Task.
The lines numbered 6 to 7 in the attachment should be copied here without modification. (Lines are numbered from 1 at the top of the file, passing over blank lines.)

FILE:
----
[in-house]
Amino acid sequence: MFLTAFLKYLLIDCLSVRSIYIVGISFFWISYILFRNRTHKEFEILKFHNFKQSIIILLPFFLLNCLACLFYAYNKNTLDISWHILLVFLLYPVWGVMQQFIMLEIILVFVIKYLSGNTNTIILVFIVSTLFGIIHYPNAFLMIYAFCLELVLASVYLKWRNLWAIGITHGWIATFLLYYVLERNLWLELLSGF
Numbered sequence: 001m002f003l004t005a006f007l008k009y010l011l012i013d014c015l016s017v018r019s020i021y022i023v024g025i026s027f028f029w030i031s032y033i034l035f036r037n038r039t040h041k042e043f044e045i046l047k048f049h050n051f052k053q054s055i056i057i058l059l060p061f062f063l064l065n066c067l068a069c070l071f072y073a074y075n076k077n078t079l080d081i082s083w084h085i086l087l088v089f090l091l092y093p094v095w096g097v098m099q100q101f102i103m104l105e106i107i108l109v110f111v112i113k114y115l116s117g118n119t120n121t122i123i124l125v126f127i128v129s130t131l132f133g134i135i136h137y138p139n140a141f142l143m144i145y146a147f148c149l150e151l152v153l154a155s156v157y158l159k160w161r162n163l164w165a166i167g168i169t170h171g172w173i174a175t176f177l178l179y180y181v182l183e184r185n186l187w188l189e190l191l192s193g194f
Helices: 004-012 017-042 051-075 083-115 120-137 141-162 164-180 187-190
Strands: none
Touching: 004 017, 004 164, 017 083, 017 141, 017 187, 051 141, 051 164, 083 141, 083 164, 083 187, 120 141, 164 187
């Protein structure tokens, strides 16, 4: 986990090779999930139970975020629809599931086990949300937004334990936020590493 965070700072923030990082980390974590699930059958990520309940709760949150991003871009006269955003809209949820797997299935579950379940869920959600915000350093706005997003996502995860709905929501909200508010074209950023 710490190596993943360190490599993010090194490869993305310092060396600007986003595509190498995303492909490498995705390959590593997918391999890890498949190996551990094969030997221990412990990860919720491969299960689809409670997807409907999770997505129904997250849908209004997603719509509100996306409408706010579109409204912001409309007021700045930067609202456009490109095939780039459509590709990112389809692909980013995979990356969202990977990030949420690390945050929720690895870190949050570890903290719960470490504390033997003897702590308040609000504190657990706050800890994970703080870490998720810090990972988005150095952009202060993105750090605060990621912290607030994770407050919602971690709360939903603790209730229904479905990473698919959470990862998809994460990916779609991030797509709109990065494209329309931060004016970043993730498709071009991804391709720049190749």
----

Touching: 004 017, 004 164, 017 083, 017 141, 017 187, 051 141, 051 164, 083 141, 083 164, 083 187, 120 141, 164 187
């Protein structure tokens, strides 16, 4: 986990090779999930139970975020629809599931086990949300937004334990936020590493 965070700072923030990082980390974590699930059958990520309940709760949150991003871009006269955003809209949820797997299935579950379940869920959600915000350093706005997003996502995860709905929501909200508010074209950023 710490190596993943360190490599993010090194490869993305310092060396600007986003595509190498995303492909490498995705390959590593997918391999890890498949190996551990094969030997221990412990990860919720491969299960689809409670997807409907999770997505129904997250849908209004997603719509509100996306409408706010579109409204912001409309007021700045930067609202456009490109095939780039459509590709990112389809692909980013995979990356969202990977990030949420690390945050929720690895870190949050570890903290719960470490504390033997003897702590308040609000504190657990706050800890994970703080870490998720810090990972988005150095952009202060993105750090605060990621912290607030994770407050919602971690709360939903603790209730229904479905990473698919959470990862998809994460990916779609991030797509709109990065494209329309931060004016970043993730498709071009991804391709720049190749």